This is my entry for “B” in the Blogging A to Z Challenge. Throughout April I will be watching and reviewing a documentary movie from A to Z. Some other “B” documentaries I’ve reviewed are Babies, Ballerina, Barbosa: The Man Who Made Brazil Cry, and Boredom.
Title: The Black Panthers: Vanguard of the Revolution
Release Date: January 23, 2015
Director: Stanley Nelson, Jr.
Production Company: Firelight Films
This straightforward but powerful film tells the story of The Black Panther Party from its establishment in 1966 until it began to disintegrate in the mid-1970s. The film’s strength lies in the wealth of archival film and photographs, as well as created by the Black Panthers, and interviews with over 30 former Black Panthers and those associated with them (including some still hostile former police offers who fought against the Panthers). The movie explores the popular image of the Black Panther as a gun-toting, beret-wearing man, but doesn’t neglect that much of the work of the Black Panthers was done by women and involved social programs such as free breakfasts and clinics. It also examines the ways in which the Black Panther Party helped redefine African American identity in a positive way for many Black Americans who were never directly involved with the Panthers. Unfortunately, the peak years of the Black Panther Party are all too brief as the FBI and police successfully infiltrate and attack the Panthers, killing or imprisoning some of the Panthers’ most promising leaders, and contributing to in-fighting among the surviving leaders. There’s a ton more that can be learned about the Black Panther Party, but this is a good introduction.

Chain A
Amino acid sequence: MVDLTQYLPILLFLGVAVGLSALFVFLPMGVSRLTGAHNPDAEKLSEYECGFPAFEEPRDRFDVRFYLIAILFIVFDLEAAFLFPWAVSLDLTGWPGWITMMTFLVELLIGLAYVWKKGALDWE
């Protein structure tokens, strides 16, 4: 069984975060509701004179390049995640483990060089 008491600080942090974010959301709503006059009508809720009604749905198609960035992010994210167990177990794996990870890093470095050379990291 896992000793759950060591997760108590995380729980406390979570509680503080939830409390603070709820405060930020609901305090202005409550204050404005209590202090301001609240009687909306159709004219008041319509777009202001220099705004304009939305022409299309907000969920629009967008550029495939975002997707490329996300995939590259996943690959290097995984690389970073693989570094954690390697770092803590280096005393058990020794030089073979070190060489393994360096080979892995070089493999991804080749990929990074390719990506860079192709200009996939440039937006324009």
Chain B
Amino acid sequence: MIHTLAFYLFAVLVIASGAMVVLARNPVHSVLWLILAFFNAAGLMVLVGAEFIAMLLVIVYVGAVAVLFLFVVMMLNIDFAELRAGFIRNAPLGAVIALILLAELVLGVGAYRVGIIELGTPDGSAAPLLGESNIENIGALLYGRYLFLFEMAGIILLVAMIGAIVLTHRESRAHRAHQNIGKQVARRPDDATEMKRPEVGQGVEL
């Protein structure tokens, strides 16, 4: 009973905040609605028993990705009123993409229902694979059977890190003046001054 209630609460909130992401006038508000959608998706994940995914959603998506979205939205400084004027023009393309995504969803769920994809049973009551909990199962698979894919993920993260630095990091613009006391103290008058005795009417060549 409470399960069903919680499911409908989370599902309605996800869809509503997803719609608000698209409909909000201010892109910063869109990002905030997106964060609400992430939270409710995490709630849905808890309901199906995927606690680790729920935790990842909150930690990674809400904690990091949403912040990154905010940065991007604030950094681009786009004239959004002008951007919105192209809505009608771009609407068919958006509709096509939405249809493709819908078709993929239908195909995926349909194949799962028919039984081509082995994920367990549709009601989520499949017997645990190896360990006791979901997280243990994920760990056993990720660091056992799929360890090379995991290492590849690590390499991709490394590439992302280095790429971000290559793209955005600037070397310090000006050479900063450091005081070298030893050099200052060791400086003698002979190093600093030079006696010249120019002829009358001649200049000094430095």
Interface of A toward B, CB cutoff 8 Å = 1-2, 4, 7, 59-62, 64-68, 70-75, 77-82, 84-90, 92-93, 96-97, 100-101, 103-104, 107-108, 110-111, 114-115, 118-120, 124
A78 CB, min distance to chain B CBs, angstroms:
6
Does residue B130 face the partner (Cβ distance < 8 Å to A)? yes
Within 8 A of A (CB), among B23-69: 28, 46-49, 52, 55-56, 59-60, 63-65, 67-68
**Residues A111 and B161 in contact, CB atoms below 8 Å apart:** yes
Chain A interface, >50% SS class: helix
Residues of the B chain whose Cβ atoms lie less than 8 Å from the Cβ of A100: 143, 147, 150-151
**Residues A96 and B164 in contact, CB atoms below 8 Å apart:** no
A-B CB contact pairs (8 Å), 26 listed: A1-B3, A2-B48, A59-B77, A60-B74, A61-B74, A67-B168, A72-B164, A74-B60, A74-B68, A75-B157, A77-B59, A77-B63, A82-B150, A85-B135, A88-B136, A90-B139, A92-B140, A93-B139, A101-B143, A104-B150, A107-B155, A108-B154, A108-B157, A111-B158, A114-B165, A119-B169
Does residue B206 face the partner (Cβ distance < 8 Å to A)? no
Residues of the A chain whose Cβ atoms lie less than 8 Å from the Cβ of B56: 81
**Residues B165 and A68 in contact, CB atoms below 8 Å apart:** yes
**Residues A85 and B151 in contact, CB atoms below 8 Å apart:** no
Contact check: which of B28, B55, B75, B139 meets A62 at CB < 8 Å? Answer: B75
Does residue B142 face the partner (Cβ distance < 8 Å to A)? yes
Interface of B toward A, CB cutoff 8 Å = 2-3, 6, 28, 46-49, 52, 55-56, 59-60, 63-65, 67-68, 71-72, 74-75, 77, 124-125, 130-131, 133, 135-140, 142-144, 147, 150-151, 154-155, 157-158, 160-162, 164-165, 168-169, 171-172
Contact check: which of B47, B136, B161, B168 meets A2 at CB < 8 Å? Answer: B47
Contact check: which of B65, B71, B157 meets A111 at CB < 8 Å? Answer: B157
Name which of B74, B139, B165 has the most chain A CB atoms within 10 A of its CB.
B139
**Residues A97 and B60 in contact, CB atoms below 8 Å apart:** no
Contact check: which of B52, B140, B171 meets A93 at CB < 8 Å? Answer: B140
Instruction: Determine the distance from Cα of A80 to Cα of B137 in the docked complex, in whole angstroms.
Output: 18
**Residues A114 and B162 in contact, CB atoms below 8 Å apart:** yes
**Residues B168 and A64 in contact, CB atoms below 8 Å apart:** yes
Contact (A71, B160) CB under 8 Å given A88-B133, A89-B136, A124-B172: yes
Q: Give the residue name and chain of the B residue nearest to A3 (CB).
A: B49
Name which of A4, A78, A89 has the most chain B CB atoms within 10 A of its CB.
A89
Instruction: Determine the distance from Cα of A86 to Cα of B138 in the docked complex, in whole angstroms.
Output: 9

What Can One Learn From Watching This Documentary: As noted in the summary, this is a good introduction to a larger untold story of the Black Panthers. Since much of history and media has told the story of the Black Panthers from a privileged white perspective, this documentary does a good job of showing that the Panthers were more than militant black men with guns, but also the hard work that mostly black women did to provide community services, and the general boost to the feeling of black pride engendered by the Black Panthers.
If You Like This You Might Also Want To …: The film Wattstax depicts a concert in Los Angeles at the same time that the Black Panther movement was at it’s peak, and depicts the expression of black pride in the musical performances and the audience’s participation.
Source: I watched this movie on Netflix streaming.